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New Delhi3 hours ago

A new study on the Korana vaccine has claimed that the 2 doses of the vaccine should be spaced 3 months instead of 6 weeks, even then the effect will remain. In such a situation, the first dose can give protection up to 76%. The results of the trial related to this have been published in the Lancet Journal. Accordingly, the difference between the two doses can be safely extended up to 3 months.

Researchers from Oxford University in the UK are also involved in this research. They claim that when vaccine supply is limited, it would be beneficial to do so. This may help to make vaccination faster in a larger part of the population in countries.

This policy is effective when the supply is limited
Lead author of the study Andrew Pollord is a professor at Oxford University. He says that the vaccine is likely to remain a supply limit for at least the next few years. Therefore policy makers have to decide how to deliver the vaccine to benefit more and more people.

Long-lasting immunity should be insured by differentiating into other doses. So we encourage all those who have taken the first vaccine to take the second dose.

Scientists understand both affect and risk
Through this study, the researchers tried to understand both its impact and risk by differentiating the other doses. He added 17,178 people to the study. Also included data from clinical trials conducted in Britain, Brazil and South Africa.

According to the researchers, these people were given 2 doses or Celine placebo of the Oxford vaccine. On trial in Britain, he said that participants were given small amounts of vaccine in the first dose. Then compared the corona patients with curing symptoms and the volunteer groups who were vaccinated.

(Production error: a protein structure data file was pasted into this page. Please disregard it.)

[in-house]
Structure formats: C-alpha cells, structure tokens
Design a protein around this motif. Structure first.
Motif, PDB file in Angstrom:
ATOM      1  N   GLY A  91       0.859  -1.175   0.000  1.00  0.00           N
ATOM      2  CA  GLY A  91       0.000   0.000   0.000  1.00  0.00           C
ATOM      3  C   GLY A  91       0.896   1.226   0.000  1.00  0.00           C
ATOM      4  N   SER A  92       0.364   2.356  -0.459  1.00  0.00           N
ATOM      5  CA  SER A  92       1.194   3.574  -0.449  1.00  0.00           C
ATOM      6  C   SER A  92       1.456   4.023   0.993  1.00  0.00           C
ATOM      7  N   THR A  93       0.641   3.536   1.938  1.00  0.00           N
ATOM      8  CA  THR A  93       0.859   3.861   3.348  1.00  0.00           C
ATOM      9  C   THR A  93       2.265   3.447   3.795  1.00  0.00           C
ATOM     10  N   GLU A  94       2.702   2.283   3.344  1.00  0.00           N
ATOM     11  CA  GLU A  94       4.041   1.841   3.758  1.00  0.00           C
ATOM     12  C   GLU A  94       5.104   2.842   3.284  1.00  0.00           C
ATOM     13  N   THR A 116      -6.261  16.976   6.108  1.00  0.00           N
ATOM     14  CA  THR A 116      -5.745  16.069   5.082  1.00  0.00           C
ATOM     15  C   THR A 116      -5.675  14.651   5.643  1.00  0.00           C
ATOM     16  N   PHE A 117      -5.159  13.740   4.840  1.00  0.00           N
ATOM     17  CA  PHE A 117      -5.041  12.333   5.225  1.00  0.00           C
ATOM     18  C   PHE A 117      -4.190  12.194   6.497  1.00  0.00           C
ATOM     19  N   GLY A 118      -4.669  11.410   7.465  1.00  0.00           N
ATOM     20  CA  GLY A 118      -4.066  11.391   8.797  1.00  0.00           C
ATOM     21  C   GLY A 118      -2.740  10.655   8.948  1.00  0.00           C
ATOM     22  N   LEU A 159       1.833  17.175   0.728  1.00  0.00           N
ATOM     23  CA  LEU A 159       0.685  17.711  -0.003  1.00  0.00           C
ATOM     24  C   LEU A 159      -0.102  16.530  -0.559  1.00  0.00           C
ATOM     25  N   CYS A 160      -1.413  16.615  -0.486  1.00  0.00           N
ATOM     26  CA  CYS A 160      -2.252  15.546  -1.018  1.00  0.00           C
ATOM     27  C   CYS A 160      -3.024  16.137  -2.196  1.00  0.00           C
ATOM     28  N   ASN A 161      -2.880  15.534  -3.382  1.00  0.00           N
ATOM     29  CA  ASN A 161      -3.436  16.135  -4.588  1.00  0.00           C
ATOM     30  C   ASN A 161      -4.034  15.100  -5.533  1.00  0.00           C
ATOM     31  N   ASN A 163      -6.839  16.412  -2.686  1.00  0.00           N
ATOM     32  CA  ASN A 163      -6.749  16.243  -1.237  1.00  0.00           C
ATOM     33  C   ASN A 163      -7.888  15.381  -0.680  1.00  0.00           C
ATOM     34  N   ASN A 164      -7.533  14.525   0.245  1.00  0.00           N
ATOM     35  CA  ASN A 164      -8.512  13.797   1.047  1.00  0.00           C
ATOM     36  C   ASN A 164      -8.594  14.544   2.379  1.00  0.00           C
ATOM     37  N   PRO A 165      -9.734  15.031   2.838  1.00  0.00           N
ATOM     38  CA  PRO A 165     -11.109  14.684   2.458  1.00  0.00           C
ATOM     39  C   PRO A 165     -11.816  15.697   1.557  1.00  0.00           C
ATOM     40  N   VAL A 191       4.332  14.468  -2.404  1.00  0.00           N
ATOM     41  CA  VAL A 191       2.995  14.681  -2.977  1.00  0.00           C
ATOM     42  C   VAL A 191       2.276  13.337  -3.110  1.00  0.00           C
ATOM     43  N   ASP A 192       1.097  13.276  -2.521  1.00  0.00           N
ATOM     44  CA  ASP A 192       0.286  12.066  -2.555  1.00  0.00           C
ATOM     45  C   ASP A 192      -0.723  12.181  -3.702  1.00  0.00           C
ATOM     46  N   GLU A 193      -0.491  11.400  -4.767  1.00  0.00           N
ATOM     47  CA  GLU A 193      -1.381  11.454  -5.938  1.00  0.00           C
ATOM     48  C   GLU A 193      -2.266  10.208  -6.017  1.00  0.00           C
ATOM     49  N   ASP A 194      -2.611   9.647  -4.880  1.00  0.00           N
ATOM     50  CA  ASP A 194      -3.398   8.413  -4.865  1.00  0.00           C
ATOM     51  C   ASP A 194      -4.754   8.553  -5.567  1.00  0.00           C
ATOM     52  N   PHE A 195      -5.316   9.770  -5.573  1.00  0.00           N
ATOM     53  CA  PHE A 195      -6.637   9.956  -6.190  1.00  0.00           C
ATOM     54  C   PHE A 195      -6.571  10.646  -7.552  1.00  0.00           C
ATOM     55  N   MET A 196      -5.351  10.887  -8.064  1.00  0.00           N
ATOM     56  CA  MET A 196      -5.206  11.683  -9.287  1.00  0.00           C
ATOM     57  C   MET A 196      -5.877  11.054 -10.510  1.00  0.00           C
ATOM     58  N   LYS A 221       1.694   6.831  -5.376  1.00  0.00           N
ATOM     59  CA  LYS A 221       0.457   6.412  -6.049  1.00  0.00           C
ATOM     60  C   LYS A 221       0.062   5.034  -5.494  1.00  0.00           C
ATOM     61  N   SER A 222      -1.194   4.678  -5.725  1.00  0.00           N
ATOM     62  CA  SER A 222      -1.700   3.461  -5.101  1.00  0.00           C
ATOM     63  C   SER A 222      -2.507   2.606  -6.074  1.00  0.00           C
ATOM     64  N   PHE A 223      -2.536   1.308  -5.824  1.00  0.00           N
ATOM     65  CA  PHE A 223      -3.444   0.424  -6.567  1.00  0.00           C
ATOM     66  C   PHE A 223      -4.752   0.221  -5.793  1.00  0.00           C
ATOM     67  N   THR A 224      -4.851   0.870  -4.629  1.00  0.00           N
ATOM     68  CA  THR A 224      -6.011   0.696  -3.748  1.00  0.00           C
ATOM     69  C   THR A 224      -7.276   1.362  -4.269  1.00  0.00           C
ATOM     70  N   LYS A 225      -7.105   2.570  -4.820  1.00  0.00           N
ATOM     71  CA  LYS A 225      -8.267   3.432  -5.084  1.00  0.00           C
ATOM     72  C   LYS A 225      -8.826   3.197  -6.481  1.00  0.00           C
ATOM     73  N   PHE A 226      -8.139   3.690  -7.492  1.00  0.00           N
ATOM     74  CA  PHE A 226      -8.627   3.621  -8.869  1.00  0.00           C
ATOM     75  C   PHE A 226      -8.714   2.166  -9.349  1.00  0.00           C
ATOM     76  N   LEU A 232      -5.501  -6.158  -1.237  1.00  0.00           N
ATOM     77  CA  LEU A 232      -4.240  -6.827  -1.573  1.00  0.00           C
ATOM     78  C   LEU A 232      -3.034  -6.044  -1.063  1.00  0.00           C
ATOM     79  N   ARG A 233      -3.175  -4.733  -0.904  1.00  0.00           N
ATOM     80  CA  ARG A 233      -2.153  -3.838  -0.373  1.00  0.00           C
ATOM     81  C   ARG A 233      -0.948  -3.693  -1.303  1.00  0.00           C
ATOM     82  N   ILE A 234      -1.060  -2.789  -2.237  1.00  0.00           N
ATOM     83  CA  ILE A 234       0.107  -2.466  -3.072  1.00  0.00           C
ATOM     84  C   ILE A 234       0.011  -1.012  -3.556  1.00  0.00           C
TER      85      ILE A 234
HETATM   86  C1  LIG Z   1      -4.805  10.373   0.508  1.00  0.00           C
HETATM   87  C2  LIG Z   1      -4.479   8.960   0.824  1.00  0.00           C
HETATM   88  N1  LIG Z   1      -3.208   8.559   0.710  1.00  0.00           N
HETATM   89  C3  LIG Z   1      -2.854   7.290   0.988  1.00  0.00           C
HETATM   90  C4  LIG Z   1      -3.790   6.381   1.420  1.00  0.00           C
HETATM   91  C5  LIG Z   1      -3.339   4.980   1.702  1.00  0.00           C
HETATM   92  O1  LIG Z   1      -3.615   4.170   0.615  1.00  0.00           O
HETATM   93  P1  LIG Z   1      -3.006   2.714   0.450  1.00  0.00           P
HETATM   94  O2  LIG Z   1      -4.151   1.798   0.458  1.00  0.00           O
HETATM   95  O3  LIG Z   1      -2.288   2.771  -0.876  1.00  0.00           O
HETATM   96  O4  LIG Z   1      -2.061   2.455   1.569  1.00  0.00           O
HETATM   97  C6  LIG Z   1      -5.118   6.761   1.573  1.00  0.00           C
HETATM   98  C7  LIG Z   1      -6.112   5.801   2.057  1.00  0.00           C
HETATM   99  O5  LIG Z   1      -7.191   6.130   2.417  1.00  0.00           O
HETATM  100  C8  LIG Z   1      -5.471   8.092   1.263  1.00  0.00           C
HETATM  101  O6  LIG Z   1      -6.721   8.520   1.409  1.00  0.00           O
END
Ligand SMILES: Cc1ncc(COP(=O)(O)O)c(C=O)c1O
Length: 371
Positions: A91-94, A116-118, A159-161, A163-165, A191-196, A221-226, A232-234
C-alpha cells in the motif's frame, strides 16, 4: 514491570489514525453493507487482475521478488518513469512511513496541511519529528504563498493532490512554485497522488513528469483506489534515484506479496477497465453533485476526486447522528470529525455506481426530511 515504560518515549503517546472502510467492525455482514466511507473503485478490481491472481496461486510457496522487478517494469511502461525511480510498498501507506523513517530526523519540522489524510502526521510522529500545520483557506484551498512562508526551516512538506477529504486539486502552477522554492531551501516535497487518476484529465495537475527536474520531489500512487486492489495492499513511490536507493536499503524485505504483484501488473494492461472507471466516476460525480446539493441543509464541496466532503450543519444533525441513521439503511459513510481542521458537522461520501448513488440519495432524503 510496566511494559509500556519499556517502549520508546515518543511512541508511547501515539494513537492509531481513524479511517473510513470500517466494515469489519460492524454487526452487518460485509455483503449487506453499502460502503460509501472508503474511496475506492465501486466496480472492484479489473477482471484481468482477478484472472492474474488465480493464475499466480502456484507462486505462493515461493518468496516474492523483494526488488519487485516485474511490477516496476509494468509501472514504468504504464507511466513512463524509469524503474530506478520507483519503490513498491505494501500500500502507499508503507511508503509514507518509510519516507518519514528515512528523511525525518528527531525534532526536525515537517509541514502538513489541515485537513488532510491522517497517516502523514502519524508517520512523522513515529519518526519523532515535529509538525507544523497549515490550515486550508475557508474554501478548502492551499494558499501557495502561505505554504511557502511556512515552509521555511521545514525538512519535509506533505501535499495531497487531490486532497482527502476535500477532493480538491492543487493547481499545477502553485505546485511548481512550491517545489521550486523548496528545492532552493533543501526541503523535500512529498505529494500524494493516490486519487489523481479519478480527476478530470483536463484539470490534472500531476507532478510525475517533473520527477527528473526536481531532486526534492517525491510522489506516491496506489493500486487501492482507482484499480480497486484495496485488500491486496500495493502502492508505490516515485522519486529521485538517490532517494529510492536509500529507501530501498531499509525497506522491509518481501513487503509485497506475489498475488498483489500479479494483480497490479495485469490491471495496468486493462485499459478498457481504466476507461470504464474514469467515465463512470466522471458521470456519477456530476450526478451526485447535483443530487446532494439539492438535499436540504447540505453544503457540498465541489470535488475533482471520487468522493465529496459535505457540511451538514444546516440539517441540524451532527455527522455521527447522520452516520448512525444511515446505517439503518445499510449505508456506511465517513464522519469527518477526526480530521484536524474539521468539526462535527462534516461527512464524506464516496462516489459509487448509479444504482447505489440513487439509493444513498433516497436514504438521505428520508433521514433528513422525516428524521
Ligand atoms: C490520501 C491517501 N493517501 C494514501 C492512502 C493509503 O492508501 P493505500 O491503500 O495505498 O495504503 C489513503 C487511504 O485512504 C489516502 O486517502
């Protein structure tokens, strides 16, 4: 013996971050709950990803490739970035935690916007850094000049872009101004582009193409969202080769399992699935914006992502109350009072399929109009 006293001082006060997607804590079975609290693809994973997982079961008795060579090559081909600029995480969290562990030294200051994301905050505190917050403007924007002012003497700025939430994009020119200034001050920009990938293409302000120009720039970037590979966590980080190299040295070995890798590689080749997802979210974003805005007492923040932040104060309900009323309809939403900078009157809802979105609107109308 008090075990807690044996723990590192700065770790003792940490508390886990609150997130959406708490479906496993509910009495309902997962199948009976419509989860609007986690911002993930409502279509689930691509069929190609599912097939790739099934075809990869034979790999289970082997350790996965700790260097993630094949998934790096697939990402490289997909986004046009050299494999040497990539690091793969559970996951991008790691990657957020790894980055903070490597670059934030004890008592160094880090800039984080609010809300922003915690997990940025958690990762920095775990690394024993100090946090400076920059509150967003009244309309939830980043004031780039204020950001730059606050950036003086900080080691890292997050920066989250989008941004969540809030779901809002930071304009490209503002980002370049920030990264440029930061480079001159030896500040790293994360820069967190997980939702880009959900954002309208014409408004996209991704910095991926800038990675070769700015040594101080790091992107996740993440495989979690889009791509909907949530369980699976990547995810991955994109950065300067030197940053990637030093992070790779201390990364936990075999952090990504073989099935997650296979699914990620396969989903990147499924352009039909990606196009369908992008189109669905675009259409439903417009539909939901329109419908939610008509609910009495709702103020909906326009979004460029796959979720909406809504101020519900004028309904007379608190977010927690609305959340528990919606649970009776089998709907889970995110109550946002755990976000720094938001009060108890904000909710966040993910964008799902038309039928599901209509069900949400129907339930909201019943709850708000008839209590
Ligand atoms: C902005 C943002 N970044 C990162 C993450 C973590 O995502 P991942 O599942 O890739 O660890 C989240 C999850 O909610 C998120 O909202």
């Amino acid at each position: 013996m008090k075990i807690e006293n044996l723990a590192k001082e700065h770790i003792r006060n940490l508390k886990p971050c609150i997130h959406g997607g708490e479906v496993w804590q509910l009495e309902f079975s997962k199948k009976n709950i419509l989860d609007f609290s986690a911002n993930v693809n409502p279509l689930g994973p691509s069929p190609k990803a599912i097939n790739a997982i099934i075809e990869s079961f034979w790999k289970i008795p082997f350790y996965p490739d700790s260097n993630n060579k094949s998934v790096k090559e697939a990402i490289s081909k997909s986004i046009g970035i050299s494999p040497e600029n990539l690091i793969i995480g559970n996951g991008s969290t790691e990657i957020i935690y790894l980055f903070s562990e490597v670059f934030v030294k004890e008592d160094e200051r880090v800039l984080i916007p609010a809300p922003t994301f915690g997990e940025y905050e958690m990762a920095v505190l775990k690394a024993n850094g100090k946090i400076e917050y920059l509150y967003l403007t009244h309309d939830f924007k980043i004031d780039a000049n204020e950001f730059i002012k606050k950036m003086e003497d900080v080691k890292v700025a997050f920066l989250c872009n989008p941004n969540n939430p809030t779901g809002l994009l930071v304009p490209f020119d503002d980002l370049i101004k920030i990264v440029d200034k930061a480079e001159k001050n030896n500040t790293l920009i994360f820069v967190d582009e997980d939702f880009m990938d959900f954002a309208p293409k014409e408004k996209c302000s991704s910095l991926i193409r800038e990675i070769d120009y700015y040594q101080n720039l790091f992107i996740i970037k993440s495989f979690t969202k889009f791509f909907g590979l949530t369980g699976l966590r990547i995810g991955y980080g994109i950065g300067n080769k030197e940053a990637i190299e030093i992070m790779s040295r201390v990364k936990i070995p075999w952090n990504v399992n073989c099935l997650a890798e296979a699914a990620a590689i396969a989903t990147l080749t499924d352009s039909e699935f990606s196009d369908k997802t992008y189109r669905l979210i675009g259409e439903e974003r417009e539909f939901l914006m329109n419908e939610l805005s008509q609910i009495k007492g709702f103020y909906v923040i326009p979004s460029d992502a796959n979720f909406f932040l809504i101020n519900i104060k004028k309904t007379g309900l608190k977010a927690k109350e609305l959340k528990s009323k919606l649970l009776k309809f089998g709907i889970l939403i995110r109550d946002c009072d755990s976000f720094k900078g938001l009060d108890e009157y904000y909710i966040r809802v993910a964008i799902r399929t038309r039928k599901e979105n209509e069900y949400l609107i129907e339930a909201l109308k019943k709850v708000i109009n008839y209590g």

Antibody response received more than double
The reduction in the number of corona patients after taking 1 or 2 doses of the vaccine was treated as an indicator. This showed how the vaccine could help prevent community transmission of the virus. Researchers examined those who had been vaccinated once, but were infected 21 days later to see the single dose affixation.

According to scientists, after 12 or more weeks, people who had a second vaccine were safer than those who had received a second dose within 6 weeks. He said that the vaccine’s Afficacy result was also supported by the immune system of participants. It found that the antibody response was longer than 2 times in people taking a second dose after a long time.

The antibody levels remained the same for 3 months
From 22 days to 3 months after taking the single dose, the effect of the vaccine was 76%. Modeling analysis indicated that this protection did not subside in 3 months. During this time, the level of antibodies against the corona virus remained the same.

However, scientists said that it is not yet clear how long a dose of the vaccine can be protected, as the results have been up to 3 months. That’s why they still recommend taking another dose of the vaccine.

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